Turkey: Farewell to Kemalism


Turkey passes to the presidential form of government. On April 16, 2017, the referendum was won by the supporters of President Recep Erdogan. Just a little more than 51% of those who came to polling stations voted for the amendments to the country's constitution.

Political aspect

In the current political situation, the results of the referendum mean the strengthening of the position of President Erdogan. He gets the opportunity to be re-elected for two new, five-year terms in a row. His powers are significantly increased. It is no accident that the opponents of the referendum call the transition to the presidential form of government the establishment of a de facto sultanate.

The ideological-historical aspect

Speaking to his supporters for summarizing the results of the referendum, Erdogan said that the point in the disputes of two hundred years ago is set. This refers to the Tanzimat reforms that began 200 years ago. Then, for the first time Turkish elite was split into supporters of Westernization and those who supported the original development of Turkey as an Islamic state. Erdogan's words can be interpreted as evidence of the victory of the latter, after the almost centuries-old triumph of secularist Kemalism. The parliamentary republic was the very establishment of Mustafa Kemal, therefore the rejection of it symbolizes the fundamental rejection of the Kemalist heritage.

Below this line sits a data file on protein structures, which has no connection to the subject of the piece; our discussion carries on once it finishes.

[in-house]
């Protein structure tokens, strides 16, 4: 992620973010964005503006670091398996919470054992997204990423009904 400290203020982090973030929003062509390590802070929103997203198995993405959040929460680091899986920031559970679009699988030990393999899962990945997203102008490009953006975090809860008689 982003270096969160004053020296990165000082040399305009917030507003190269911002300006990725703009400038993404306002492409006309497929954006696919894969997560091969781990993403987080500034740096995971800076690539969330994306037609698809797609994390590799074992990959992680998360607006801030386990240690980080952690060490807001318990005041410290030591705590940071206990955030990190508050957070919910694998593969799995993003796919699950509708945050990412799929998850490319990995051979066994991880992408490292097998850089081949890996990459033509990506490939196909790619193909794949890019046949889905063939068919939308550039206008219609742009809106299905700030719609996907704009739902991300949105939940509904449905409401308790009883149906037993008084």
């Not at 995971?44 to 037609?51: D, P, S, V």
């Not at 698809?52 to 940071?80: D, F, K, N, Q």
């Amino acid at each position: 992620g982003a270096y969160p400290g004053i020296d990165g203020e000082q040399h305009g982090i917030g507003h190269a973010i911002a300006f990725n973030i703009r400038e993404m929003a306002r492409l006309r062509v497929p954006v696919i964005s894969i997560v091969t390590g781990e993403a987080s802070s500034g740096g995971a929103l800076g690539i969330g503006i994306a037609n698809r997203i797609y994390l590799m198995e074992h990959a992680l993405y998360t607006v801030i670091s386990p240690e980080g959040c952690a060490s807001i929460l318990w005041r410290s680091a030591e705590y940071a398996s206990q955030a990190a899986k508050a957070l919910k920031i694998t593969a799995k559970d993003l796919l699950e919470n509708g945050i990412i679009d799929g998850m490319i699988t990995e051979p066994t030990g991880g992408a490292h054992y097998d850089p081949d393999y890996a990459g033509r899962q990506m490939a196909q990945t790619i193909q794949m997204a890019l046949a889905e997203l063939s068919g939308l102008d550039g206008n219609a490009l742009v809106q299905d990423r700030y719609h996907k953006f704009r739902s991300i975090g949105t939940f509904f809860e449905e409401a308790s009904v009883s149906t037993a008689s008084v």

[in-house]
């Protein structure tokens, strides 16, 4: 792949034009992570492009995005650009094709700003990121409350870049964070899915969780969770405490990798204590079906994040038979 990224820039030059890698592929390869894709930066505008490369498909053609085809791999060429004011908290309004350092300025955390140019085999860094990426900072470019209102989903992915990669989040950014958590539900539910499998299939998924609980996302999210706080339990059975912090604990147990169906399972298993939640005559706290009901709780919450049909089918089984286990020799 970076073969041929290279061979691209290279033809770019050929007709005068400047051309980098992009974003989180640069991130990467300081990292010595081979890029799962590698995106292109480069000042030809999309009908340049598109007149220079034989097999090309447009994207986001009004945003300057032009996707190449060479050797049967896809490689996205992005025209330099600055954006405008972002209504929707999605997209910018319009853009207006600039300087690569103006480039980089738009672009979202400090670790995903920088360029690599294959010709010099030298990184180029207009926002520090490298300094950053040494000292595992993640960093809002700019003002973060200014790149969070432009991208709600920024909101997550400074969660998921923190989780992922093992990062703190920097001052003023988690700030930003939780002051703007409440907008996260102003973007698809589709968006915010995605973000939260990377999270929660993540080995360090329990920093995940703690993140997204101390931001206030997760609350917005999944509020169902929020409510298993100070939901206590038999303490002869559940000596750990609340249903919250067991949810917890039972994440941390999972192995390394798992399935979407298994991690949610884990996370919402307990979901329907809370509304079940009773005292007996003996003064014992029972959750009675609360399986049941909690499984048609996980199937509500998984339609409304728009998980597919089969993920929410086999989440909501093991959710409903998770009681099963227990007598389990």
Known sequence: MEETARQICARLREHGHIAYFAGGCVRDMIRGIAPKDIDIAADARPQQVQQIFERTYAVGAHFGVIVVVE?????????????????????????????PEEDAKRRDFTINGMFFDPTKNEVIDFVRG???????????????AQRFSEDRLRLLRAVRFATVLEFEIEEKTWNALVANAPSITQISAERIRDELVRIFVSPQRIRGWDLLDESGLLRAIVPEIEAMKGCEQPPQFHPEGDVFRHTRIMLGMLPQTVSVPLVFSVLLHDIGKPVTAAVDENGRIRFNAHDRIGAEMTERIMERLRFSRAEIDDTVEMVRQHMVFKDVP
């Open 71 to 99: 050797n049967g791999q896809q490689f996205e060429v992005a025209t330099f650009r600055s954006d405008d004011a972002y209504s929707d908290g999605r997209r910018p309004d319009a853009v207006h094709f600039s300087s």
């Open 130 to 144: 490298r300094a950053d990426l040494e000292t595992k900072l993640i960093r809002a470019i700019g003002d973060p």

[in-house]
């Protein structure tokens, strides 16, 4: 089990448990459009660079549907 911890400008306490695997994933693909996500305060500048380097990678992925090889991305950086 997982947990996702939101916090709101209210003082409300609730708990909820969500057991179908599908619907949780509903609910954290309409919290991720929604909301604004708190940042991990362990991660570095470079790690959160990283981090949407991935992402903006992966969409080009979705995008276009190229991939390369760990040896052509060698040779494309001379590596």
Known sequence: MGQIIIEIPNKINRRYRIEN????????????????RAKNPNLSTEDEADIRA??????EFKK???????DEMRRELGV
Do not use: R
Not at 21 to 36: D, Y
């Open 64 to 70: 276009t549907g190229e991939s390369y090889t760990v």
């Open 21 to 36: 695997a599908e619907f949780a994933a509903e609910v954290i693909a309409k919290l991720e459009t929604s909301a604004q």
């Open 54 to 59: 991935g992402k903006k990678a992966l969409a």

At the same time, the insignificant superiority with which the victory was won is demonstrated by the fact that the country was split on the referendum issue. The frontier Kurdish provinces, as well as Istanbul, Ankara and the major cities of the west of the country are against. The most urbanized part of the country opposed Erdogan. This is fraught with both a political crisis and possible protests. Opposition parties have already announced the non-recognition of the results of the referendum.


The most serious challenge for Erdogan lies precisely in the gap that has opened between him and the Turkish intellectual class, which seriously hinders the chances for dialogue and the construction of an effective development strategy for the country. This lacuna will try to fill both the external forces and temporarily disappeared Islamists, such as ex-Prime Minister Davutoglu, because the president will not be chosen by anyone. Tension in relations with the Kemalist army will also increase. In the next few years, it will be impossible to exclude new attempts at a coup d'etat in the country.

From the point of view of Turkey's international relations, the results of the referendum will have a negative impact on relations with the EU. The US and Russia, each country for its own reasons will try to maintain a close relationship with Erdogan.